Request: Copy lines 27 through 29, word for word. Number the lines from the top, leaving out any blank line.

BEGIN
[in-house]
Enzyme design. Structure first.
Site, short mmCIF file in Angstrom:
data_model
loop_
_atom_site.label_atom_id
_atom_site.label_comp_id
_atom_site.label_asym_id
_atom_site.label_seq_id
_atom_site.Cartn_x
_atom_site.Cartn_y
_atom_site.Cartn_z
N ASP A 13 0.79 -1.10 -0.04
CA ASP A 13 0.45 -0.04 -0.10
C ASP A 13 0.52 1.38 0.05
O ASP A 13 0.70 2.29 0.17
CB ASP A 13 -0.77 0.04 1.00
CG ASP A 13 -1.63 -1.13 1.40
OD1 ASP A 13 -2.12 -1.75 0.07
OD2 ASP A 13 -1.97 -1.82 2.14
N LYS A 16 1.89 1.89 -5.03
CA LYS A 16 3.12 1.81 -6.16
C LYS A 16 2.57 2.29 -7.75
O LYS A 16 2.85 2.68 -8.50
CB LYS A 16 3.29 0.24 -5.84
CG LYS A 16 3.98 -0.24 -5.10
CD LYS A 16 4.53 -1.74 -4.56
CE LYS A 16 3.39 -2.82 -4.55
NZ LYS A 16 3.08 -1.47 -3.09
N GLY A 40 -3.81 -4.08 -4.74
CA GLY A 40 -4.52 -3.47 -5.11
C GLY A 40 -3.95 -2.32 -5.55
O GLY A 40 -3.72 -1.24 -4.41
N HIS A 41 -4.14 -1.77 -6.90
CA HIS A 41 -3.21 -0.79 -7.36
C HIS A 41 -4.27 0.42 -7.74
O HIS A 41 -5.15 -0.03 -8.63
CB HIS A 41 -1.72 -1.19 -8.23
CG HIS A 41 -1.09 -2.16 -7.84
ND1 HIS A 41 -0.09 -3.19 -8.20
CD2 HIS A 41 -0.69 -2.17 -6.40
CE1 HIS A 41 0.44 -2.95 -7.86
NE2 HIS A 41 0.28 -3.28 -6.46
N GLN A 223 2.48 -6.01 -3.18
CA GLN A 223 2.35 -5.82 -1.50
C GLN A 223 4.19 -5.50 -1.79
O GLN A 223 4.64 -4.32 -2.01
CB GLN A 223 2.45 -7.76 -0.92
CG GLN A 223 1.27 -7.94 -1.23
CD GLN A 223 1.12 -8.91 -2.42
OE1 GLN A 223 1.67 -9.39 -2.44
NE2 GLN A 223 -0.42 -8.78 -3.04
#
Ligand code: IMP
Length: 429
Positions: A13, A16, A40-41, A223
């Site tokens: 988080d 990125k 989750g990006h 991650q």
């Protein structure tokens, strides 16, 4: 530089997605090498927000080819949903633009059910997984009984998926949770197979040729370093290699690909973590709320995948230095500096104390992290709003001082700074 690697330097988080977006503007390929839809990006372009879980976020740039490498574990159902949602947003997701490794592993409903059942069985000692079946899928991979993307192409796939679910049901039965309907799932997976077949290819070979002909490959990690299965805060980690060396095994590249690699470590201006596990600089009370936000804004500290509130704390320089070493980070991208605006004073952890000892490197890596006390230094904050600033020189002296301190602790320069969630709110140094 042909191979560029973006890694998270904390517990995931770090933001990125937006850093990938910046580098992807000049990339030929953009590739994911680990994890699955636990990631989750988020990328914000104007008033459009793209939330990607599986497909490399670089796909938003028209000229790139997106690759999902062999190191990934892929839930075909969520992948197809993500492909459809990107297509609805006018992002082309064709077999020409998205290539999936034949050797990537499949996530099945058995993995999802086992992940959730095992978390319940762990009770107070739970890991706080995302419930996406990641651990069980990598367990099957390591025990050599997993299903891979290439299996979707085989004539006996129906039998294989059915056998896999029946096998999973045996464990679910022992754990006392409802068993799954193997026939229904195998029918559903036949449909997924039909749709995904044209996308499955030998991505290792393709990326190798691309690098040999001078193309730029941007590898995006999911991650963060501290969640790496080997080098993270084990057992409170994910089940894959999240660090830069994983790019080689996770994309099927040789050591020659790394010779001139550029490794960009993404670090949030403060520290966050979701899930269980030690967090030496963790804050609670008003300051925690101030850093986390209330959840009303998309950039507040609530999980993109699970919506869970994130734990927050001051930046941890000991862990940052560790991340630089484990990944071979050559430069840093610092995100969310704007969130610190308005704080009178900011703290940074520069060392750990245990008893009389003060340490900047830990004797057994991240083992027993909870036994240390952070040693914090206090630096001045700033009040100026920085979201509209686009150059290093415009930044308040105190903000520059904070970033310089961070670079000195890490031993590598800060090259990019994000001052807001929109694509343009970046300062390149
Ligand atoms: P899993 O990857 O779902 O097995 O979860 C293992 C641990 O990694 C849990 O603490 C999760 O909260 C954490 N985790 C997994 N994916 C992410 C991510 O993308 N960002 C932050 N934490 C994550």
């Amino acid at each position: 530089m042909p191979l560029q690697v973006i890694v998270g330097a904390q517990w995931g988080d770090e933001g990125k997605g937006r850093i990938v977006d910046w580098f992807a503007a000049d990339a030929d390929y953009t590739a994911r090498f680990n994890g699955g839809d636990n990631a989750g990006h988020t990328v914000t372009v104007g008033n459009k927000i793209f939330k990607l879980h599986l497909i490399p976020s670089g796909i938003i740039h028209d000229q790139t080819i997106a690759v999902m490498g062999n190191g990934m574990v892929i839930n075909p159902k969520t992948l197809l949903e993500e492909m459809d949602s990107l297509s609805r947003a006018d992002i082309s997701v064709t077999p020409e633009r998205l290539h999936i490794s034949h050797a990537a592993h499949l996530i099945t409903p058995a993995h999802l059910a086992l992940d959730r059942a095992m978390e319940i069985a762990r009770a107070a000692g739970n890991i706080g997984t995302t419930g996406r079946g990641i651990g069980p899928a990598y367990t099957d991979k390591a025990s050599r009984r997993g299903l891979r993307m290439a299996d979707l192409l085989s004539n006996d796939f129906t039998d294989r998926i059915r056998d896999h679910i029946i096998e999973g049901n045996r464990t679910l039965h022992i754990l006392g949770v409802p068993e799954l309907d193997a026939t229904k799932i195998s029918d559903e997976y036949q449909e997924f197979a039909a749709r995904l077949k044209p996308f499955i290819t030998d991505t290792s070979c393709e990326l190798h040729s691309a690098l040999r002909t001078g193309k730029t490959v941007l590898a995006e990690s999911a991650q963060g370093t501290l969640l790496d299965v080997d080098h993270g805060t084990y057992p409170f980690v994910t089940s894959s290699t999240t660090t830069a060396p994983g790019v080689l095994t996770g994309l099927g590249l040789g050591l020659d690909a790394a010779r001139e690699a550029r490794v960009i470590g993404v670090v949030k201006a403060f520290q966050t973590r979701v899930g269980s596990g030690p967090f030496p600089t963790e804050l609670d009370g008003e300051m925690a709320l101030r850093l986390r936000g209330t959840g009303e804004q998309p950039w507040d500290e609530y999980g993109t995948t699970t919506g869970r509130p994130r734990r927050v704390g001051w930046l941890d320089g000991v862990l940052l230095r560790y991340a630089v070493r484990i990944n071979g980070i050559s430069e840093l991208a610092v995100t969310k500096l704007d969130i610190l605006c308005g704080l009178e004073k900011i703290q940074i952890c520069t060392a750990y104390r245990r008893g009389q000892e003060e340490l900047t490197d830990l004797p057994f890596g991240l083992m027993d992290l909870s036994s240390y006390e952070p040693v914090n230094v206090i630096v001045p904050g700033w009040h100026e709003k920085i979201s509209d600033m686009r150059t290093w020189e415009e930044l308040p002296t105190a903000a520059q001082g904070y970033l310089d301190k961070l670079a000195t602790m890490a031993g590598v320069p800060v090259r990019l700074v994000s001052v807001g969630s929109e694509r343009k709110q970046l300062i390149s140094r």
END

CD LYS A 16 4.53 -1.74 -4.56
CE LYS A 16 3.39 -2.82 -4.55
NZ LYS A 16 3.08 -1.47 -3.09